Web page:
Unsupervised syntactic chunking with acoustic cues: Computational models for prosodic bootstrapping

John K. Pate, Sharon Goldwater

Research output: Chapter in Book/Report/Conference proceedingConference contribution

Abstract / Description of output

Learning to group words into phrases without supervision is a hard task for NLP systems, but infants routinely accomplish it. We hypothesize that infants use acoustic cues to prosody, which NLP systems typically ignore. To evaluate the utility of prosodic information for phrase discovery, we present an HMMbased
unsupervised chunker that learns from only transcribed words and raw acoustic correlates to prosody. Unlike previous work on unsupervised parsing and chunking, we use neither gold standard part-of-speech tags nor punctuation in the input. Evaluated on the Switchboard corpus, our model outperforms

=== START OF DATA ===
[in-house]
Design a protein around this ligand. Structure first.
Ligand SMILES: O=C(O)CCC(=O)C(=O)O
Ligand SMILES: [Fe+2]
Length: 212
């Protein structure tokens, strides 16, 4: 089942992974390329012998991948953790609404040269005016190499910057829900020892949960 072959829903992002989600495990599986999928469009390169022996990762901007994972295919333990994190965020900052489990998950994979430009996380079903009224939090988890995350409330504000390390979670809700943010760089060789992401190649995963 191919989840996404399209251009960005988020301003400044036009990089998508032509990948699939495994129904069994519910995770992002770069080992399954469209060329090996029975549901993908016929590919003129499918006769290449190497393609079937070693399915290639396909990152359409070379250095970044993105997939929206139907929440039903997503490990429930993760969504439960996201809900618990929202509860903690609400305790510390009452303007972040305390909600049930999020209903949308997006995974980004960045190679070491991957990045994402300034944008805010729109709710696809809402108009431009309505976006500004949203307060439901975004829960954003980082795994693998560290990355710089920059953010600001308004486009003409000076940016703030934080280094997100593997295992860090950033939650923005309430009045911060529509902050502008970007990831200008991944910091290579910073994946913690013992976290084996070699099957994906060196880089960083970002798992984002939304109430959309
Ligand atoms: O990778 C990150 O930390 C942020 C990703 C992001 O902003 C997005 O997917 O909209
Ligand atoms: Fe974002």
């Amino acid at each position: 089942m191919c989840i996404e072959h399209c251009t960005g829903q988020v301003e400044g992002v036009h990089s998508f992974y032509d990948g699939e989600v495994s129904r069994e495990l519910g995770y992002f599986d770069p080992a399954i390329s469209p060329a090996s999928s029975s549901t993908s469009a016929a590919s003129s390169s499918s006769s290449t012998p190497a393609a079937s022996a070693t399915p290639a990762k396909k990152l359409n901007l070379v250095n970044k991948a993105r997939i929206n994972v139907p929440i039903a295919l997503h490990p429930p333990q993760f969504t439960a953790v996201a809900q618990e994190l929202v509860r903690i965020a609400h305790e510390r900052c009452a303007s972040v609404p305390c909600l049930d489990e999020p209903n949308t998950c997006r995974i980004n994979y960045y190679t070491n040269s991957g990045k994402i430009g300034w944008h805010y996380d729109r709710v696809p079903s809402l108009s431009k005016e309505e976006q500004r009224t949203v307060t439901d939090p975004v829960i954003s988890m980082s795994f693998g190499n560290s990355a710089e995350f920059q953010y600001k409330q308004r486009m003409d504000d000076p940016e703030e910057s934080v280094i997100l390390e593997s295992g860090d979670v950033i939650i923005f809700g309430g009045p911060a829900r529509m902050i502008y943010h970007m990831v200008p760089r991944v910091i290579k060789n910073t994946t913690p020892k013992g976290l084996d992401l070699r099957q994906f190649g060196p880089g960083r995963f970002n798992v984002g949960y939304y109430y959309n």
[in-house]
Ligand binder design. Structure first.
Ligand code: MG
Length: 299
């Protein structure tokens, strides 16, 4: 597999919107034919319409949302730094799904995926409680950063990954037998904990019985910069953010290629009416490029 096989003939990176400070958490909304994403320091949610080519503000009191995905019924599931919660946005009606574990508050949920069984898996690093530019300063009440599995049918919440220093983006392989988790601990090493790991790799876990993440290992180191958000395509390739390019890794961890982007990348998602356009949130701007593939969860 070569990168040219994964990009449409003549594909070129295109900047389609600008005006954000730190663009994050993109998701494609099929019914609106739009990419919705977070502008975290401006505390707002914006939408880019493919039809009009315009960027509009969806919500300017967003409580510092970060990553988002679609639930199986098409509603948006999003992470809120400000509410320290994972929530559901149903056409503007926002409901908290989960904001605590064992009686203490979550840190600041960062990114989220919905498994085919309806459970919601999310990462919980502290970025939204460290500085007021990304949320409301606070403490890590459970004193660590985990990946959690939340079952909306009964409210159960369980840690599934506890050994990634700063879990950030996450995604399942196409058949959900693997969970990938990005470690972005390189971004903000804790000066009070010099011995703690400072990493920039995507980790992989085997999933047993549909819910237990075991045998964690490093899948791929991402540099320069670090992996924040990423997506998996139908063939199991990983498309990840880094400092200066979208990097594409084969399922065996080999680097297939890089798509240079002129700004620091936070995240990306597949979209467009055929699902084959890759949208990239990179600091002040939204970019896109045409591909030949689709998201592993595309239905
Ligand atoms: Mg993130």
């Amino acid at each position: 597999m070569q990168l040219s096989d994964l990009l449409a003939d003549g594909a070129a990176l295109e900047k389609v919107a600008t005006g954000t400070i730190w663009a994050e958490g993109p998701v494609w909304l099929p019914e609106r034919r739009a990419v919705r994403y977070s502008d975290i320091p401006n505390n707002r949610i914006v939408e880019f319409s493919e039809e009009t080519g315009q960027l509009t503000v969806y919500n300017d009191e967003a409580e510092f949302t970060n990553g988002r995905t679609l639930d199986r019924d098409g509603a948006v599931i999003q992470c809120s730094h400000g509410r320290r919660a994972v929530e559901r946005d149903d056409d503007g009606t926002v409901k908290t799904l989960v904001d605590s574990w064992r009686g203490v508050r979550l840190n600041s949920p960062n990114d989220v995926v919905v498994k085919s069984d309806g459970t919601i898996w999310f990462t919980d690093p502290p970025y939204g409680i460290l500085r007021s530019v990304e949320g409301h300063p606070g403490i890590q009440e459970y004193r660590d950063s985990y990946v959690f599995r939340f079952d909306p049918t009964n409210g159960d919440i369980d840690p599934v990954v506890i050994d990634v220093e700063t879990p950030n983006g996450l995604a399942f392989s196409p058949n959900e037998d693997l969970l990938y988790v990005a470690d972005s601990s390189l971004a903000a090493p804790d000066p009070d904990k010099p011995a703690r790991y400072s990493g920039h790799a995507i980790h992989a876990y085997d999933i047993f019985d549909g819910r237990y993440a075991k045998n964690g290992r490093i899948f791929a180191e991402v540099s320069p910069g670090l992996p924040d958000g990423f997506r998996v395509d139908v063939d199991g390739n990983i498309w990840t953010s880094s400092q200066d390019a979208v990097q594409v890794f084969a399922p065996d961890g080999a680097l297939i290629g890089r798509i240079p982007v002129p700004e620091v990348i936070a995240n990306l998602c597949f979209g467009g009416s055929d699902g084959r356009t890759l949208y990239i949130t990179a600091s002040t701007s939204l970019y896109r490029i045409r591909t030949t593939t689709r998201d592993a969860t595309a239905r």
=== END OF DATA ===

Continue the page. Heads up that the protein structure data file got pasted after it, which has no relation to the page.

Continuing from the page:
several baselines that exploit either lexical or prosodic information alone, and, despite producing a flat structure, performs competitively with a state-of-the-art unsupervised lexicalized parser, with a substantial advantage in precision. Our results support the hypothesis that acoustic-prosodic cues provide useful evidence about syntactic phrases for languagelearning infants.
Original languageEnglish
Title of host publicationProceedings of the 2nd Workshop on Cognitive Modeling and Computational Linguistics
Publication statusPublished - 2011


Dive into the research topics of 'Unsupervised syntactic chunking with acoustic cues: Computational models for prosodic bootstrapping'. Together they form a unique fingerprint.

Cite this